By showing the printed document to a computer device with a suitable associated optical input device (e.g., a pen-camera or webcam), the machine-readable information is decoded, and used to invoke a computer implemented process. Specifically, the machine-readable markings within an observed region of the printed document encode a location identifier. The machine-readable markings are decodable to obtain the location identifier by a processing component in the computer device. The optical input device may include detection circuitry. Input signals from the detection circuitry, including information defining the machine-readable markings are input to the processing component. The location identifier may specify an action device using a globally unique identifier that identifies the document and an action using a location identifier that identifies a region of the hardcopy document. The processing component may be adapted to provide the location identifier through a network to an action device to produce the action. The action may relate to the region of the document. The action device may provide the action automatically in response to the location identifier.

With reference to FIG. 1, an exemplary system for invoking a computer implemented process, such as the provision of information associated with pointer locations in a document, includes an optical input device 10 capable of capturing a localized region 12 of a document 14 embodied on a print medium such as a sheet 16 of paper or multiple sheets of paper. In the illustrated embodiment, the localized region 12 is circular although other shapes are contemplated. The optical input device 10 is associated with a computer device 18, which is configured for invoking a computer implemented process. The computer implemented process may include displaying information associated with the pointing location on a screen 20 or other suitable visual or audible information output device, such as a landline telephone, cell phone, PDA, MP3 player, radio, or the like. Other computer implemented processes are also contemplated, such as ordering a part from a catalog, downloading music, or providing other information associated with the pointer location to a user. The computer device 18 may be linked to the optical input device 10 by a suitable wired or wireless link 22, whereby information extracted from the document by the optical input device 10 is communicated to the computer device. In an alternative embodiment, at least one of the computer device and the output device 20 is incorporated into a body (not shown) of the optical input device 10.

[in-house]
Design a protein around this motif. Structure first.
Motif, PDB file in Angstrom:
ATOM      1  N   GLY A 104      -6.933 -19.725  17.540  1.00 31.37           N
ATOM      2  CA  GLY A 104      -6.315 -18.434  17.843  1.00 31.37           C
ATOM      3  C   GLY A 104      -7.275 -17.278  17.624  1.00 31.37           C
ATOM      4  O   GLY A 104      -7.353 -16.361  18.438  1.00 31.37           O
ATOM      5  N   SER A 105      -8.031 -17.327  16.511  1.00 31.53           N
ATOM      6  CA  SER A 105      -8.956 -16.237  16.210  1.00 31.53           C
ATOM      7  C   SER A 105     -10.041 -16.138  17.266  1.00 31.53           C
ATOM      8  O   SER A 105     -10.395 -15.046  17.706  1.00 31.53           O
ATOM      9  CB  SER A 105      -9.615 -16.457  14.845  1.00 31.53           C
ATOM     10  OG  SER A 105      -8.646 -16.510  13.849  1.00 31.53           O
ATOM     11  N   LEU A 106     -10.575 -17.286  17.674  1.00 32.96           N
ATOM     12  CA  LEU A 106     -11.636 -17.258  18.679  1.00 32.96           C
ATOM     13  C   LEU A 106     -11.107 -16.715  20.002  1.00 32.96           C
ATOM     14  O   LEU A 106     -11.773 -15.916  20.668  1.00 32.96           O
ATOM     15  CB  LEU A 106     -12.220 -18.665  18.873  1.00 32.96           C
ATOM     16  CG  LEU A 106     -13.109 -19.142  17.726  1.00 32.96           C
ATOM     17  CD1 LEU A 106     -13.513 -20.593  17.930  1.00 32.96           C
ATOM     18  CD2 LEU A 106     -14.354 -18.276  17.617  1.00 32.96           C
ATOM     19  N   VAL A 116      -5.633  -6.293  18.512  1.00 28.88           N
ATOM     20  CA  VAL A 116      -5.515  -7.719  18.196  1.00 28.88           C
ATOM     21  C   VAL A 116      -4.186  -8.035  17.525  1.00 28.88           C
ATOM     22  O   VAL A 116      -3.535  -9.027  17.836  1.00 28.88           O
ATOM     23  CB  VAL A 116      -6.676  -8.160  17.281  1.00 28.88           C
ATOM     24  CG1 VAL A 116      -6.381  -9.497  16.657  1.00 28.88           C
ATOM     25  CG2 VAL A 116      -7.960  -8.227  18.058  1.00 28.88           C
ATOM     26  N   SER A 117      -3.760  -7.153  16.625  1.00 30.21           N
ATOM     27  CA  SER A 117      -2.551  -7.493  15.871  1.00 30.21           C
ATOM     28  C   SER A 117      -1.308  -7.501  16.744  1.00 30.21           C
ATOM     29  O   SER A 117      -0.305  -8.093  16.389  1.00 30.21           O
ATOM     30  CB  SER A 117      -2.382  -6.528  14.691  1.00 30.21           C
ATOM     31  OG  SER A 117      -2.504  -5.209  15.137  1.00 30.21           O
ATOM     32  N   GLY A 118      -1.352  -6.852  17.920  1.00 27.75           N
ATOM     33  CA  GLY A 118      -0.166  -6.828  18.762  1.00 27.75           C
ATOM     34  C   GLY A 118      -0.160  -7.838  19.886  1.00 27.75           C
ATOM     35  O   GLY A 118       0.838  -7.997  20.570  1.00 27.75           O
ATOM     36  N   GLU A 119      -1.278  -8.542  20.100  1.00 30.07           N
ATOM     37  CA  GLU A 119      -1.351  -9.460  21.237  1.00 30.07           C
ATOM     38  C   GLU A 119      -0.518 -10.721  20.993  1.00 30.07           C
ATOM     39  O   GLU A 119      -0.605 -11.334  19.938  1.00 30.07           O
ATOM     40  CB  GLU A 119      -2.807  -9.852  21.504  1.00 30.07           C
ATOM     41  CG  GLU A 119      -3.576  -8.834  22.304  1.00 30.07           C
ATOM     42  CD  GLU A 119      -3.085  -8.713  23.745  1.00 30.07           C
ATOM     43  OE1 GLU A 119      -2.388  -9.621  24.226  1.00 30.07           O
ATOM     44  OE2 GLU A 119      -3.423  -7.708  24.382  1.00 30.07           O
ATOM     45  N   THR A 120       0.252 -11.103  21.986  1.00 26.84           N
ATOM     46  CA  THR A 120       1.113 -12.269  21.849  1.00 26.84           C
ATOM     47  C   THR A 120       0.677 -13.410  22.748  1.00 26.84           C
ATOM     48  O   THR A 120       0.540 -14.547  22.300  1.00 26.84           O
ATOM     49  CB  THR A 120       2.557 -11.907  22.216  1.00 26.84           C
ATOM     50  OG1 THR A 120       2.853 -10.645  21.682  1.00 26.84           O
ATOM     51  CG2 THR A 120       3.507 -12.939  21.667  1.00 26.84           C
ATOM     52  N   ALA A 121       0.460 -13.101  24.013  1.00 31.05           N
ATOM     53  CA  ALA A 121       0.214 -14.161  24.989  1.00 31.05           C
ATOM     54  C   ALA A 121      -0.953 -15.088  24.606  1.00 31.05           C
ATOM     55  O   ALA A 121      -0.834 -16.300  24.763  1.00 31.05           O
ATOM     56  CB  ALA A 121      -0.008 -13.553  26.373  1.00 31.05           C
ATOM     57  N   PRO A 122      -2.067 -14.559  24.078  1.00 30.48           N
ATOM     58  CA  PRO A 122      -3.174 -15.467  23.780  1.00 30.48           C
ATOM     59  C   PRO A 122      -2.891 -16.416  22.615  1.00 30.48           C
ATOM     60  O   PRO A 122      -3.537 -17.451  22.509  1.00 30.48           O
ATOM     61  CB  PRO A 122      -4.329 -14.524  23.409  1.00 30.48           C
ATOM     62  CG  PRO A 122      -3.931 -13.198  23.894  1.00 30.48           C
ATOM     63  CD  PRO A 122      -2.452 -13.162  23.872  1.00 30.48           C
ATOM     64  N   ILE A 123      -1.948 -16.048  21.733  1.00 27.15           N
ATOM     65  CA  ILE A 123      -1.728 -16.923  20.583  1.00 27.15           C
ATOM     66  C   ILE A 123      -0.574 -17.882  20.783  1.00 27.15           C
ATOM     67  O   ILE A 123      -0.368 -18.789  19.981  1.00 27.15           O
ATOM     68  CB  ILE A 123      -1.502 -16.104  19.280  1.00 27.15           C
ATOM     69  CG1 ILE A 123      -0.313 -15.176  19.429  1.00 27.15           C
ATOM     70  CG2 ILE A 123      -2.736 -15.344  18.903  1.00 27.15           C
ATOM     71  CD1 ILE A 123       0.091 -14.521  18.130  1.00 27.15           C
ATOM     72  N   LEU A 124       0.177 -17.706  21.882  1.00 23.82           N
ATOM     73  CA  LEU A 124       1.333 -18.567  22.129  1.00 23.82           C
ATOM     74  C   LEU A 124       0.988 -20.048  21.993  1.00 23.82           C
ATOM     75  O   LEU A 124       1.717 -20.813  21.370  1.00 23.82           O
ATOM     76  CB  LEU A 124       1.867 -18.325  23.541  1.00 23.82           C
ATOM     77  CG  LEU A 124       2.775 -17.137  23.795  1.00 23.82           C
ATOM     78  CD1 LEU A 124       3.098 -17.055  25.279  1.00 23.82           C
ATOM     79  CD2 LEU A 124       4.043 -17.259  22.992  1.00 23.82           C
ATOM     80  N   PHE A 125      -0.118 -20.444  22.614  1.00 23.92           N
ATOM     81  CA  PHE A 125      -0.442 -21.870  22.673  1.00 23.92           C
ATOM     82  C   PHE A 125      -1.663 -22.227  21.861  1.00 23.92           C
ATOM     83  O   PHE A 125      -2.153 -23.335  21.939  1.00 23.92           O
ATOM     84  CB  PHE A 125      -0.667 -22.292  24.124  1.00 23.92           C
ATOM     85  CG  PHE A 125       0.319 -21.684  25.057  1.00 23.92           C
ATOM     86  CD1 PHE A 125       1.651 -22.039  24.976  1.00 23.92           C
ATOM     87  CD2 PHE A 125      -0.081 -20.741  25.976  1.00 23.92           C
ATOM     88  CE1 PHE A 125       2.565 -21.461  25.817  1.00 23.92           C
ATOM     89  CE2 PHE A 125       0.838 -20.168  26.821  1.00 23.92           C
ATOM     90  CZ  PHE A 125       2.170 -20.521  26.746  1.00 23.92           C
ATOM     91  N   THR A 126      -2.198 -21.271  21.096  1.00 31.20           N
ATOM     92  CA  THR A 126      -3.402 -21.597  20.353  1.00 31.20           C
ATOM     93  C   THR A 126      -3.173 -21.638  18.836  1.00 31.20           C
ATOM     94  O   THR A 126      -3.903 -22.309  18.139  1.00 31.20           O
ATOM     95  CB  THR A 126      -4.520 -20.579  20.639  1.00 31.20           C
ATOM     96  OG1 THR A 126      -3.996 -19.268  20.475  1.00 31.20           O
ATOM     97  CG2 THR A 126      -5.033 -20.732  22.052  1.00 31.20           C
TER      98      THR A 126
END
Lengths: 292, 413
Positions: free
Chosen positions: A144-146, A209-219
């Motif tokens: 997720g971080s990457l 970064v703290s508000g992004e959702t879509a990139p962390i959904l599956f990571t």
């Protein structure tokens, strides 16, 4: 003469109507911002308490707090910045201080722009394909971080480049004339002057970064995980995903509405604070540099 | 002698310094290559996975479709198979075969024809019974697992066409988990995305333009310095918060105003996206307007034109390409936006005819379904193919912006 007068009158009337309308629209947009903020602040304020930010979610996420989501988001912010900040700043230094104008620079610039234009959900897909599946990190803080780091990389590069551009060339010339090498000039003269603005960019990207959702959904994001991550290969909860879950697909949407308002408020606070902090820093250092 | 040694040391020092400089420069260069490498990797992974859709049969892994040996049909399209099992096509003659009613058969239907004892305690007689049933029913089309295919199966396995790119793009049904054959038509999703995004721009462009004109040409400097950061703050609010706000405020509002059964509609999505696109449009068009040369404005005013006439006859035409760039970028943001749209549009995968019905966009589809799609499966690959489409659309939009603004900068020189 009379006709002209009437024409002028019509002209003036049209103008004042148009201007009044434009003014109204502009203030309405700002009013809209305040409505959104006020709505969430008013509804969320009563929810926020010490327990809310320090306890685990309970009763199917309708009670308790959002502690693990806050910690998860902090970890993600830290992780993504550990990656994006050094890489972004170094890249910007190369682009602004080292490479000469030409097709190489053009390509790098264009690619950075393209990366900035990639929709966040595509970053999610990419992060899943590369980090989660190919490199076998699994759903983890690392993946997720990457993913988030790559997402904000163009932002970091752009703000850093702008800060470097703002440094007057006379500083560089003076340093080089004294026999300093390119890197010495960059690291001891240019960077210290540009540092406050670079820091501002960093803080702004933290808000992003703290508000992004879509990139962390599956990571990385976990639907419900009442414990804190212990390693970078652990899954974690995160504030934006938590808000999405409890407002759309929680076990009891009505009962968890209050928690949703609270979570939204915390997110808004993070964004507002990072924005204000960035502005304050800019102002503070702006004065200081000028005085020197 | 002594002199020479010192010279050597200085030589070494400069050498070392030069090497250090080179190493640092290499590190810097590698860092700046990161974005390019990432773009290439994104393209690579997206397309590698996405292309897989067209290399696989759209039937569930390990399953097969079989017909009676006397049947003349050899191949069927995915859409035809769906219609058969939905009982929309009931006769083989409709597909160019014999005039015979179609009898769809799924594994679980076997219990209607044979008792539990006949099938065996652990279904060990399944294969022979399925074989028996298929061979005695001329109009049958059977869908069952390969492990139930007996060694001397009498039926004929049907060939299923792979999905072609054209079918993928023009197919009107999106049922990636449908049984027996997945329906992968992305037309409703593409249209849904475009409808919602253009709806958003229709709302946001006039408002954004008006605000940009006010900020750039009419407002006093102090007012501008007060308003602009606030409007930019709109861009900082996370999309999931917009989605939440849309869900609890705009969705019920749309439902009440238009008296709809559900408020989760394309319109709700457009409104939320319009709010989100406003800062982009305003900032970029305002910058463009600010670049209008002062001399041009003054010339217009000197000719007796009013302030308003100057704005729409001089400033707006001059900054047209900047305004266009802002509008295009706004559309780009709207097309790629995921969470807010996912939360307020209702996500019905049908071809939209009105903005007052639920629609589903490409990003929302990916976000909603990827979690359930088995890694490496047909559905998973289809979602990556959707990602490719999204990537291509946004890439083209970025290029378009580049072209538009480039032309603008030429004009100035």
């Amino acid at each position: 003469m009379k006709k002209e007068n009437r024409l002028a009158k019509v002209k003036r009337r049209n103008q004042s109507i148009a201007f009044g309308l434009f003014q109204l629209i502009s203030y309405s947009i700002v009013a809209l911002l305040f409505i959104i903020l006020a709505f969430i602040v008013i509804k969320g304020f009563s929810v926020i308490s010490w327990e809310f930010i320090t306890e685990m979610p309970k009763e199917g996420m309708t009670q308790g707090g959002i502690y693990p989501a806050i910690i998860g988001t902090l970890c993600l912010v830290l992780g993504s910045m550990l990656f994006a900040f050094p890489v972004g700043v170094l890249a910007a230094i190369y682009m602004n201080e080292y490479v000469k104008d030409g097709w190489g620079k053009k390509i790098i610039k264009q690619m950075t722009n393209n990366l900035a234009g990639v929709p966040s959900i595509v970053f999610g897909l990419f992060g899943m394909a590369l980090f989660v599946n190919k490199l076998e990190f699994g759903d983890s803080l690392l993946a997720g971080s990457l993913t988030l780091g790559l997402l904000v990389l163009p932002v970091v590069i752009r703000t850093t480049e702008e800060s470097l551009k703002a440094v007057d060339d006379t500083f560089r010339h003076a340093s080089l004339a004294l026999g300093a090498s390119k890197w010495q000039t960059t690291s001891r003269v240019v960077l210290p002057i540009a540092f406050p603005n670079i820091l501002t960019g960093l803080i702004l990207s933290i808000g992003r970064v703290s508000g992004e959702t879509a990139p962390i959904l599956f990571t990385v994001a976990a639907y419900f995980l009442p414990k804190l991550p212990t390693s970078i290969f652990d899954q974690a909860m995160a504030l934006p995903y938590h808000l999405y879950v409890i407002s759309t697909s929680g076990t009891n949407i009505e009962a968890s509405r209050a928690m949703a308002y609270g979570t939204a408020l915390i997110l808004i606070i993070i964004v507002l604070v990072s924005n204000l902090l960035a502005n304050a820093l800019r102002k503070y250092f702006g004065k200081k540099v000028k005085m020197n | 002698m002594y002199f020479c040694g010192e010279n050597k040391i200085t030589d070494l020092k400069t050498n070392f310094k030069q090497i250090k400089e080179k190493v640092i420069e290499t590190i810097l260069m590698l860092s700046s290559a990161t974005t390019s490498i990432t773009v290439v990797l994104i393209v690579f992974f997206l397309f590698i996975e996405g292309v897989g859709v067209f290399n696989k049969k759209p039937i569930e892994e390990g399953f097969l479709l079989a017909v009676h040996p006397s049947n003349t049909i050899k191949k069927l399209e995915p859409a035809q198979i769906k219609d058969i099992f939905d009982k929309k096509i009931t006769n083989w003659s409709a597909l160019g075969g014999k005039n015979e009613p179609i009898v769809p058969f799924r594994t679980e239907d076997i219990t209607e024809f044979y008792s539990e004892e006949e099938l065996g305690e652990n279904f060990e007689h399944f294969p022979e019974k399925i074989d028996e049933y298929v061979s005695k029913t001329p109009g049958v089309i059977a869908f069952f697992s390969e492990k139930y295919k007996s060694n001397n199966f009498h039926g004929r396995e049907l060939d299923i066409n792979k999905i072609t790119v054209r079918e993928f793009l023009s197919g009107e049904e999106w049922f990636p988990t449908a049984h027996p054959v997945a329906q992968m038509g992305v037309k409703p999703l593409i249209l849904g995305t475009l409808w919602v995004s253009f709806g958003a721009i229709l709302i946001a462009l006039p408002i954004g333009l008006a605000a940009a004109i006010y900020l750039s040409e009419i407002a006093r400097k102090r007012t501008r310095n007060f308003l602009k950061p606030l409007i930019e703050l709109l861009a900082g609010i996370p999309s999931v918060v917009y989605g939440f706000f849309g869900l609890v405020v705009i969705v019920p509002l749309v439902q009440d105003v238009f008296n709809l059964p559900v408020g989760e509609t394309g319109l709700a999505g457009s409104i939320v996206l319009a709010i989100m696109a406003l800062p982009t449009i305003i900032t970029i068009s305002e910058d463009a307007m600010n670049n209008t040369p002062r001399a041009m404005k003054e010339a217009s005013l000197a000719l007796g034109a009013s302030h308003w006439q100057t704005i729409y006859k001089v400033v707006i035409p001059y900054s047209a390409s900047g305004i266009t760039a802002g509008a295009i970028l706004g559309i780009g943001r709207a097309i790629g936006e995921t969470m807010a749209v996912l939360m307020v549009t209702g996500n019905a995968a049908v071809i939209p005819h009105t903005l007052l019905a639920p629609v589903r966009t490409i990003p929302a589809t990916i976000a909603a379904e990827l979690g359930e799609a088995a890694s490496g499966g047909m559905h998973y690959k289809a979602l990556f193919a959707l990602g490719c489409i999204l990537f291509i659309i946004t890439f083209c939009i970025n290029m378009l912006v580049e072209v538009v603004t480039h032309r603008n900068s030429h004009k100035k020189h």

The optical input device 10 defects markings, e.g., by taking a digital snapshot of the observed region 12, and provides signals that include information about the markings. Suitable optical input devices 10 are described, for example, in U.S. Pat. No. 6,330,976, the disclosure of which is incorporated herein in its entirety, by reference.

The document 14 may include one or more machine readable identifiers 30 which allow the computer device 18 to identify the document or a portion thereof, such as a page of the document. Unique document identification need not provided locally, such as at each pointer location, but can be provided globally. For example, a global identifier 30, such as a Dataglyph identifier is provided on a cover page of the document. The global identifier 30 can be read once and thereafter provides the context for the subsequent pointing actions. An identifier 30 is considered to be a global identifier if it maps to at most one digitally stored document.